Metro police are searching for a 17-year-old gunman accused of shooting and killing a high school student Thursday morning as he left his home to go to a nearby bus stop.
The shooting was reported around 6:40 a.m. in the 1900 block of 10th Avenue North, near Clay Street.
Police said the shooter, who has been identified as Eric Goodner, was sitting in a vacant lot and appeared to be waiting for the victim identified as Johnathan Johnson.
Metro police told Nashville's News 2 Johnson was shot in the neck.
"Everybody inside said they heard a gunshot and they came outside and he was laying on the ground," older brother Rory Johnson said.
Johnathan Johnson was transported to Vanderbilt University Medical Center in critical condition and was pronounced dead around 7:20 a.m.
Investigators are questioning multiple witnesses.
School officials read a statement from the principal of Pearl Cohn Entertainment Magnet High School at the hospital.
The statement read, "Today the Pearl-Cohn family lost one of our own. We had a student who was fatally shot in the community this morning. The student was a young man who was friendly, kind and had a bright future."
The statement continued, "Our school community is responding to the needs of our students with grief counseling and additional support. The family of the victim has asked that their privacy be respected. I would like to thank Metro School Security, support staff, and local law enforcement for the quick response and support of our students as we grieve this loss."
Officials added there was no indication that there was any type of incident involving Johnson at school prior to the shooting. A motive remains unclear.
Johnson is one of eight siblings and had recently just become an uncle family members told Nashville's News 2.
"It's hard going through this right now, but I'm trying to stay strong for my sisters and for the family," Rory Johnson said. "It's kind of rough on the family. It is especially on my grandmother and all the elders of the family. They're trying to hold themselves together."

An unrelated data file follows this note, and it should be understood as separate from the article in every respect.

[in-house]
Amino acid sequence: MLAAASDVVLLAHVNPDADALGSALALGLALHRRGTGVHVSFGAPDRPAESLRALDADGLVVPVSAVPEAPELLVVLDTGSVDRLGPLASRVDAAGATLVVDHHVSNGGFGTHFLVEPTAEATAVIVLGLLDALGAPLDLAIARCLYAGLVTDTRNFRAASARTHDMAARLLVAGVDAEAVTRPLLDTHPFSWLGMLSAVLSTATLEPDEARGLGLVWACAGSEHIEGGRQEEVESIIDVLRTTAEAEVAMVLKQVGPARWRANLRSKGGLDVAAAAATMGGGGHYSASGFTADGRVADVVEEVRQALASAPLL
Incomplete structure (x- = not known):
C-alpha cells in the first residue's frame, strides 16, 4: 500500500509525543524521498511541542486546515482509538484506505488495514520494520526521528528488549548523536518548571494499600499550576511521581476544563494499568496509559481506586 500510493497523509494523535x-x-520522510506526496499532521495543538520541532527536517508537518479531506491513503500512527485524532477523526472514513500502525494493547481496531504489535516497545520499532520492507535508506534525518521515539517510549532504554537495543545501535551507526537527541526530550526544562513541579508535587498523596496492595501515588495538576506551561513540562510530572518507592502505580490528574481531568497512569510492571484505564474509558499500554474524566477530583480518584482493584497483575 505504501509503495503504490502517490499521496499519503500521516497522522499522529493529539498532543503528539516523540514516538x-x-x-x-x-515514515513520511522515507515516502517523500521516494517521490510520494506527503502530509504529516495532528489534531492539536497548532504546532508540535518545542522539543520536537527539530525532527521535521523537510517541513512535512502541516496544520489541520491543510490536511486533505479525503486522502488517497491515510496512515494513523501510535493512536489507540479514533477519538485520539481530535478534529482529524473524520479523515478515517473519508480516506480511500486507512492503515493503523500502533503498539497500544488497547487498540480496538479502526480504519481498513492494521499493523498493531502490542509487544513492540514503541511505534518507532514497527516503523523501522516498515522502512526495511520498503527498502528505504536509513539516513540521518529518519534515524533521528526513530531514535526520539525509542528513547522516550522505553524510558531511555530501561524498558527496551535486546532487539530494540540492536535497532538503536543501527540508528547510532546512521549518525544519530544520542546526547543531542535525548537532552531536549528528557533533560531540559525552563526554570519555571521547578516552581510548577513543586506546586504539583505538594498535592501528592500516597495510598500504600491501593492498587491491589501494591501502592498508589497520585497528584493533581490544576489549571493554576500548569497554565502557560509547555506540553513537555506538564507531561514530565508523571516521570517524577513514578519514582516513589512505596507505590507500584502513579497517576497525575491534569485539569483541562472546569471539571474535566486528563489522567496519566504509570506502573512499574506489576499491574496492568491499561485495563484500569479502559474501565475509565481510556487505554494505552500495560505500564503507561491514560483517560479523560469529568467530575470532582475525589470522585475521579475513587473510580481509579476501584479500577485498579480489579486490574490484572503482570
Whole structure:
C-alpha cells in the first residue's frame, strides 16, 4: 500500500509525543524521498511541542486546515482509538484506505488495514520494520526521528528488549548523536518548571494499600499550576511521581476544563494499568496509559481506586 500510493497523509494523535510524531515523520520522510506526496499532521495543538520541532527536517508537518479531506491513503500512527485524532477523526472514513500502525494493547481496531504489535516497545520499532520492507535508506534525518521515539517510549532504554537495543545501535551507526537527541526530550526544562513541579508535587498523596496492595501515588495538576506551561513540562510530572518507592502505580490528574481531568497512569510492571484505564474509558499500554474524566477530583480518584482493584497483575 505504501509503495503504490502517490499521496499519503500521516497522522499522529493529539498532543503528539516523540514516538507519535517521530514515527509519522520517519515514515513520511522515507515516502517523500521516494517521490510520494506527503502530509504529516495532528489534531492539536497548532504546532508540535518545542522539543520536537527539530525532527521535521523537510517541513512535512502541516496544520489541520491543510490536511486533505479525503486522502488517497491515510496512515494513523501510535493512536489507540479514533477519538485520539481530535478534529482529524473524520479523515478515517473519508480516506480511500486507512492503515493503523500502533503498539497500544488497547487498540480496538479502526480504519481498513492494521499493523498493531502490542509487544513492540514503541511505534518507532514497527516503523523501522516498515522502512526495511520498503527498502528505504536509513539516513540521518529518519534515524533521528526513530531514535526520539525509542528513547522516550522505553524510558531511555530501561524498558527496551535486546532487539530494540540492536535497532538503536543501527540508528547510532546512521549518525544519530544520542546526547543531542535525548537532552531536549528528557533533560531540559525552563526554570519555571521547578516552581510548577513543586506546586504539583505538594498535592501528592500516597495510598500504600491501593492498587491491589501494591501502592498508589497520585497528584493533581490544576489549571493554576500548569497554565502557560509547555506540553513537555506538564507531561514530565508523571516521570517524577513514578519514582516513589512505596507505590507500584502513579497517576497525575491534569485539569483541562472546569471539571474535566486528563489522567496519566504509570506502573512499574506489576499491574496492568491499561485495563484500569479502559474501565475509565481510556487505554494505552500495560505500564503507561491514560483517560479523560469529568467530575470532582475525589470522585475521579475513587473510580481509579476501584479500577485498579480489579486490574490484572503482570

Grief counselors will be available to students on Thursday.
Goodner was last seen wearing a black hooded sweatshirt. He fled the scene on foot.
Police said Goodner, who was last known to have lived on 26th Avenue North, is considered to be armed and dangerous.
Metro Police said Thursday evening the shooting could be gang related, though Johnson's family said he was not gang affiliated.
It is possible Goodner has gang ties.
Metro Police started its gang unit in 2004 to combat gang activity in Davidson County. Sergeant Gary Kemper led the unit until recently when he took over the Cold Case Unit in Metro Police's Department.
"When we started it back in '04 we didn't know a whole lot so it took a few years to develop our knowledge of what was going on in the streets," he said. "As we went on we built a good base of information as a police department which helped us ID these gang members."
The department also started Operation Safer Streets.
Three times a week officers and supervisors from all of Nashville's seven precincts work to combat gang crime along with Specialized Investigations Division.
So far this year the operation has resulted in 868 arrests on 40 felony charges, 810 arrests on misdemeanor charges, six gun seizures, the service of 203 outstanding warrants, 74 field interviews of people believed to have gang knowledge and 4,287 vehicle stops in areas with gang presence.
"We always strive to go into areas gang members are in," Sgt. Kemper said. "A lot of times these gang members don't live there they just hang out there."
Sgt. Kemper said the pressure to join gangs can be strong among children who feel left out at school or at home.
"Not every kid can be a star quarterback and not every kid can be in the band, but every kid wants to be a part of something," he said.
Kemper said the average age for gang members in Nashville is 21 years old, which is older than the national average.
He also said, gangs in Nashville are not as well organized as in other metropolitan areas and children who reject gangs typically do not face retaliation.
"Sometimes being a parent is being a little tough on your kids and you need know who their friends are," he said. "If your child comes home only using nicknames for friends, that is an indicator or if your child comes home and is scribbling little gang signs."